SPH student selected for new Siemens ‘next generation researchers’ program


Published: July 13, 2016

Sara-Ann-Aldridge

Sara Ann Aldridge

Growing up in a family where she would become the first to graduate high school, Sara Ann Aldridge says she has always been interested in “finding out how people have come to be where they are in life.”

A UNTHSC School of Public Health MPH student (Behavioral and Community Health and Global Health) graduating this year, she has personally experienced the challenges of growing up with limited health resources and has spent time learning in other countries like Guatemala and Indonesia, to also see the larger global health perspectives across cultures.

This understanding of how daunting and complicated it can be to navigate health systems when seeking preventive and ongoing care has driven her toward an interest in helping to solve global health concerns in the future.

“A big part of my inspiration comes from my mother, who encouraged me and taught me to value determination, compassion and persistence,” Aldridge said.

Now, she’s taking her inspiration to the next level, as part of the inaugural class for the newly developed Siemens Foundation-PATH Ingenuity Fellows program, just announced this summer.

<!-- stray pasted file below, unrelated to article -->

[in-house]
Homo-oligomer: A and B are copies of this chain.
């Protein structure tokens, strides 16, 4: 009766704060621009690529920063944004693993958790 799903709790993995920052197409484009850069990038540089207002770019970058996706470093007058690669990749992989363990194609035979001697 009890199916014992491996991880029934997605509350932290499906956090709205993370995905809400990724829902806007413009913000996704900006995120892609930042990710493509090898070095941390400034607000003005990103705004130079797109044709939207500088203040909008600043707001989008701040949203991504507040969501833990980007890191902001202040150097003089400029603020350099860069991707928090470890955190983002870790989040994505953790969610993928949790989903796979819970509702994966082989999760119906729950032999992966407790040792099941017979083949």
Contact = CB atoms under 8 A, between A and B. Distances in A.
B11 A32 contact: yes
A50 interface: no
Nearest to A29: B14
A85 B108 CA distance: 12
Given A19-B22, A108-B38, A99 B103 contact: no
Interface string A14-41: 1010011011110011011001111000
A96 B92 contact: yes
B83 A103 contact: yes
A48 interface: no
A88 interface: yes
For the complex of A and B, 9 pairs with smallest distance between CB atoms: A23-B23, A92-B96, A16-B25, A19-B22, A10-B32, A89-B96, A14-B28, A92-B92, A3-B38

Aldridge is one of six students selected nationally to participate.

With funding through the Siemens Foundation based on a mission of inspiring innovation, research and continuous learning, Aldridge will be working at PATH, a Seattle-based, international nonprofit organization dedicated to saving lives and improving health, especially among women and children.

The fellowship provides hands-on research experience and instruction on addressing global health issues in settings where barriers to accessible health care exist.

Students will also be mentored by Siemens Healthineers employees, giving them access to market-leading technologies in areas like chemistry, hematology, molecular biology, immunoassay testing and informatics.

“I’m excited about the opportunity to work with people who are making a difference in global health, to help me gain more in-depth knowledge and research experience that I can apply in the future,” Aldridge said.

With plans to pursue a DrPH degree in Maternal and Child Health Policy next fall, she hopes one day to work on women’s health issues for a global organization like the Centers for Disease Control and Prevention, Water.org or the World Health Organization.